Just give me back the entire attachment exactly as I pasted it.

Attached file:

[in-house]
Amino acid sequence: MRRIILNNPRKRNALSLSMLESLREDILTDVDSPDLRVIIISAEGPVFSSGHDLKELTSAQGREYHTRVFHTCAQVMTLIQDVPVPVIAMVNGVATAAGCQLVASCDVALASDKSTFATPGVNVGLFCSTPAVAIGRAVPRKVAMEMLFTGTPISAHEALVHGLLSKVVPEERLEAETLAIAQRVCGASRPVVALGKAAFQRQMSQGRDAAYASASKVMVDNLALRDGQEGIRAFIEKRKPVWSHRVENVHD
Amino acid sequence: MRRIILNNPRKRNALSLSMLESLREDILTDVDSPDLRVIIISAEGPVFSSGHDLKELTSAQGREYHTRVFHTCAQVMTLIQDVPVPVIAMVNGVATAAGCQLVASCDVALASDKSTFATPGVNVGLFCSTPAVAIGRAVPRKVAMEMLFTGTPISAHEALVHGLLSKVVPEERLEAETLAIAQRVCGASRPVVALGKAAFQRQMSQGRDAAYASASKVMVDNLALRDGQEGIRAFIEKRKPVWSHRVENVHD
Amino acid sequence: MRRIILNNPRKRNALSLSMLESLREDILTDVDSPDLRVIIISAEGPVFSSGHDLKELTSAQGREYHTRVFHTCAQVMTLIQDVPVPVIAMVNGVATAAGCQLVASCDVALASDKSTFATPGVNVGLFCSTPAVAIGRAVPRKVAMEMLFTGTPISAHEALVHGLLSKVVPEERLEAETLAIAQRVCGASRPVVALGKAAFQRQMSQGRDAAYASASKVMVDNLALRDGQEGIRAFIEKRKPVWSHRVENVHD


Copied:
[in-house]
Amino acid sequence: MRRIILNNPRKRNALSLSMLESLREDILTDVDSPDLRVIIISAEGPVFSSGHDLKELTSAQGREYHTRVFHTCAQVMTLIQDVPVPVIAMVNGVATAAGCQLVASCDVALASDKSTFATPGVNVGLFCSTPAVAIGRAVPRKVAMEMLFTGTPISAHEALVHGLLSKVVPEERLEAETLAIAQRVCGASRPVVALGKAAFQRQMSQGRDAAYASASKVMVDNLALRDGQEGIRAFIEKRKPVWSHRVENVHD
Amino acid sequence: MRRIILNNPRKRNALSLSMLESLREDILTDVDSPDLRVIIISAEGPVFSSGHDLKELTSAQGREYHTRVFHTCAQVMTLIQDVPVPVIAMVNGVATAAGCQLVASCDVALASDKSTFATPGVNVGLFCSTPAVAIGRAVPRKVAMEMLFTGTPISAHEALVHGLLSKVVPEERLEAETLAIAQRVCGASRPVVALGKAAFQRQMSQGRDAAYASASKVMVDNLALRDGQEGIRAFIEKRKPVWSHRVENVHD
Amino acid sequence: MRRIILNNPRKRNALSLSMLESLREDILTDVDSPDLRVIIISAEGPVFSSGHDLKELTSAQGREYHTRVFHTCAQVMTLIQDVPVPVIAMVNGVATAAGCQLVASCDVALASDKSTFATPGVNVGLFCSTPAVAIGRAVPRKVAMEMLFTGTPISAHEALVHGLLSKVVPEERLEAETLAIAQRVCGASRPVVALGKAAFQRQMSQGRDAAYASASKVMVDNLALRDGQEGIRAFIEKRKPVWSHRVENVHD